Adjusting jointer knivesThere are two designs of cutter heads in terms of how the knives are adjusted. The type pictured at left is with jack screws (A) behind the blades, which are used to lift the blades to the right height.
Another set of screws, seen from the side (B) are used to clamp the
blades in place. The heads of these screws push against the head, pressing the
bar against the blades. The blades are held in just by friction.
To remove the blades, start by loosening the four screws holding the bar in.
This is done with a small wrench. Pushing the wrench away from you loosens the screws.
Turn them until they are loose, and perhaps a half a turn further. Not loosening them
too far makes reinstalling them easier.
With all four screws loosened, the knife can be pulled out. It's easier to remove
the knife before removing the bar, as the slot is wider towards the bottom, and the
screws would have to be loosened more for the bar to come out first.
After removing the knife, the bar lifts out easily. The next step is to clean out the slot, so that any dust in there won't affect the alignment when you reinstall the knives.
Once you have the knives out, presumably, you want the knives to get them sharpened.
Once you have your knives back from sharpening, it's time to put them back in. Put the bar in first, then the knife. Next, tighten the four screws in the bar, and then back them off a bit so that they make contact but aren't tight.
Use a straightedge resting on the outfeed table to check the height. With an alan
key in the jack screw, and the straight edge right next to it, set the height of the
knifes so that they just touch the ruler at the highest point.
Set the height of the knives so that if you rest the ruler on the outfeed table, and turn the planer head by hand, it will pick up the ruler, and move it forward by 5 mm, or about 0.2". Measure it just above the jack screws. It's a bit of an iterative process, and I usually just leave the alan key in between checking.
For a typical 2.5" diameter cutter head on a 6" jointer, having the
ruler be moved by 5 mm works out to having the knives protrude 0.004" (0.1mm) above
the outfeed table. However, once you tighten the four screws to lock the blade in
place, the knife will actually come up a little bit, just from flexing in the
steel. On my jointer, after tightening, the ruler gets carried about 6 mm, which works
out to closer to about .0048" or 0.12 mm. When you adjust the blades, ignore this
change in height after tightening. After installing, adjusting and tightening
all three blades, check that they all come to the same height.
If they all came up by the same height after tightening, you are good to go.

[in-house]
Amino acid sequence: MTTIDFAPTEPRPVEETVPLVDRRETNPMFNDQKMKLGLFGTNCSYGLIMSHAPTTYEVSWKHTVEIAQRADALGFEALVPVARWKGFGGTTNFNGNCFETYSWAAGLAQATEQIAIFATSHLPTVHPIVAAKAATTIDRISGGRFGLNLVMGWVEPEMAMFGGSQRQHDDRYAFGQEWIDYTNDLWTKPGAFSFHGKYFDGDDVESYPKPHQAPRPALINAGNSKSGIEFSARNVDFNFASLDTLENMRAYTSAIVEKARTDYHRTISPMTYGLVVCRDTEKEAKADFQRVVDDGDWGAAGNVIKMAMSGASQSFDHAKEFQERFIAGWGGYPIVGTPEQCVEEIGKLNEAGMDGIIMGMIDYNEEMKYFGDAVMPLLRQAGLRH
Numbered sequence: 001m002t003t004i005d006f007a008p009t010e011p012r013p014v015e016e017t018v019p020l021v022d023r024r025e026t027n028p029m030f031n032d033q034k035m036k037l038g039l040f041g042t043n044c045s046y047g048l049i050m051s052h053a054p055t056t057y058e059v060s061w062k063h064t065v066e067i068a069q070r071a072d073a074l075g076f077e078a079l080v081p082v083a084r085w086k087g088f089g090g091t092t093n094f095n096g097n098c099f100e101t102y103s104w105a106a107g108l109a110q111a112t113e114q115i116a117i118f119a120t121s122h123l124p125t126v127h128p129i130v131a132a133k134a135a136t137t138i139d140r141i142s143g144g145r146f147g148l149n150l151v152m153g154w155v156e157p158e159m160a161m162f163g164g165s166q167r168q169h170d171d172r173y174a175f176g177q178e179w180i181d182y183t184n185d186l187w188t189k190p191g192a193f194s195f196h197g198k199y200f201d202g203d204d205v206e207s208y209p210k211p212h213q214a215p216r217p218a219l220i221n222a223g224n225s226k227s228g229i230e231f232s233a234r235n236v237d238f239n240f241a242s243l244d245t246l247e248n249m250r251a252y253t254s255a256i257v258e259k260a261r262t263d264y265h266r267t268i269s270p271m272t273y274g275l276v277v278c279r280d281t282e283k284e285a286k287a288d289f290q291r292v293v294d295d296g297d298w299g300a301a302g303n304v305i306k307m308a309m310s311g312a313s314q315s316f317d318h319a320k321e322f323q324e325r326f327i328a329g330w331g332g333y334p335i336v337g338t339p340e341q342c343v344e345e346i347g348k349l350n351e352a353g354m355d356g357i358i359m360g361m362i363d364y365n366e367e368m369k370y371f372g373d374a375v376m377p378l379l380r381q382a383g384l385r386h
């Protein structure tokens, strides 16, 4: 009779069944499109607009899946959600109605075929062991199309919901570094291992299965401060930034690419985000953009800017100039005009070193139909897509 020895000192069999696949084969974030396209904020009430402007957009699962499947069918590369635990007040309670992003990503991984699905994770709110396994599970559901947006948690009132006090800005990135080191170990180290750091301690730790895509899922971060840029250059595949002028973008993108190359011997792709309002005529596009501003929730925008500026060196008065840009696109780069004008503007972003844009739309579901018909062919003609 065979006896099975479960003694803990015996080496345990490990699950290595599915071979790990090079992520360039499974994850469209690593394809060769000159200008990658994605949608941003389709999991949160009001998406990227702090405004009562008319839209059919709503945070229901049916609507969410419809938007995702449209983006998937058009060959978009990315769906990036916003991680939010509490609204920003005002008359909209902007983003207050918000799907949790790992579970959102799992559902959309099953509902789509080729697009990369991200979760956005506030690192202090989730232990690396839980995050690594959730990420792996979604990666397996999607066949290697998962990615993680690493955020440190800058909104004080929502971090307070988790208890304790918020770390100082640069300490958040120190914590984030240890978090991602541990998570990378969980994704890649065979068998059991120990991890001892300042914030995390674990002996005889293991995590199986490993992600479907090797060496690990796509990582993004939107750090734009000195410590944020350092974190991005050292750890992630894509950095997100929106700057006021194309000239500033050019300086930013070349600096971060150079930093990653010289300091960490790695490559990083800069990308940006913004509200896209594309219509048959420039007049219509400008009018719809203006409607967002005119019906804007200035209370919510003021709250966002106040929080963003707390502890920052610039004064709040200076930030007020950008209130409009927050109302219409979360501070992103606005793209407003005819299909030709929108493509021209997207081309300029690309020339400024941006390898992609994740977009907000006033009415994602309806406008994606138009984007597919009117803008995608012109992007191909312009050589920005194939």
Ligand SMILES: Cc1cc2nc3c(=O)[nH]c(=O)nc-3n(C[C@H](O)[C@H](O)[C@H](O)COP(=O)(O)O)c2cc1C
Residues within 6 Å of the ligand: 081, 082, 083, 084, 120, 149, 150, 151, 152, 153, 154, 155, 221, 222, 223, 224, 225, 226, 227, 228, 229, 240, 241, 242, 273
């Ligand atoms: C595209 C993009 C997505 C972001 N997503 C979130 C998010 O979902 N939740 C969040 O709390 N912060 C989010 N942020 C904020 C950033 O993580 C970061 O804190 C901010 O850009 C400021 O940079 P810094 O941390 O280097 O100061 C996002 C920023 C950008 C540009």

The amount of protrusion from how much the ruler gets carried can be calculated as follows If r is the radius (not diameter) of the cutter head, and d is the distance the ruler is carried, then the protrusion (p) of the knives from the outfeed table can be calculated using the Pythagorean theorem. For a right angled triangle, the pythagorean theorem states that the sum of the squares of the length of the sides forming a right angle is equal to the square of the length of the diagonal.
Thus, for the geometry at right, a2 + (d/2)2 = r2
and a can be calculated as a = sqrt(r2-(d/2)2)
Where sqrt denotes square root.
And finally, p = r - a
Protrusion p = r-sqrt(r2-(d/2)2)
For a 2.5" diameter cutter head, using inches, this works out as follows:
Setting knives on a springs-backed knife style cutter headThe other type of planer head has no jack screws, but some springs behind the knives. This type of head is also used in most thickness planers.
Rather than a pair of jack screws, the jointer blades are pushed up two little springs.
On this type of cutter head, the blades are set in place using a jig. Thickness planers generally also use this approach, as there is no outfeed table to measure the blades from.
When you take the blade and the bar out, you might as well loosen the screws by
several turns, as getting the blade and bar back in against the spring tension
is very fiddly.
Also, ifthe springs are loose, take them out and put them aside, so they
won't fall out at the bottom when you turn the cutter head.
Your jointer should have come with a jig something like the one at left.
To use the jig, crank the infeed and outfeed tables down a bit to make room for it.
To set the knives, tighten and then back off the four screws holding the bar in place like you would with the head that uses jack screws. It should be possible to push the knife down, and have it come back up from the force of the springs.
While pressing the jig firmly down on the knife, tighten the screws. Really, just one screw tightened towards either end will do it. The screws are a bit hard to reach while the jig is in place.
Once you have all the blades set, wind the outfeed table back up, then adjust it so that the tips of the blades will drag a straightedge by about 5 mm, as described above. Hopefully, all the blades will be at a consistent height. If not, it's possible that you slipped with the jig while tightening the blade, so use the jig to check if any of your blades are set too high.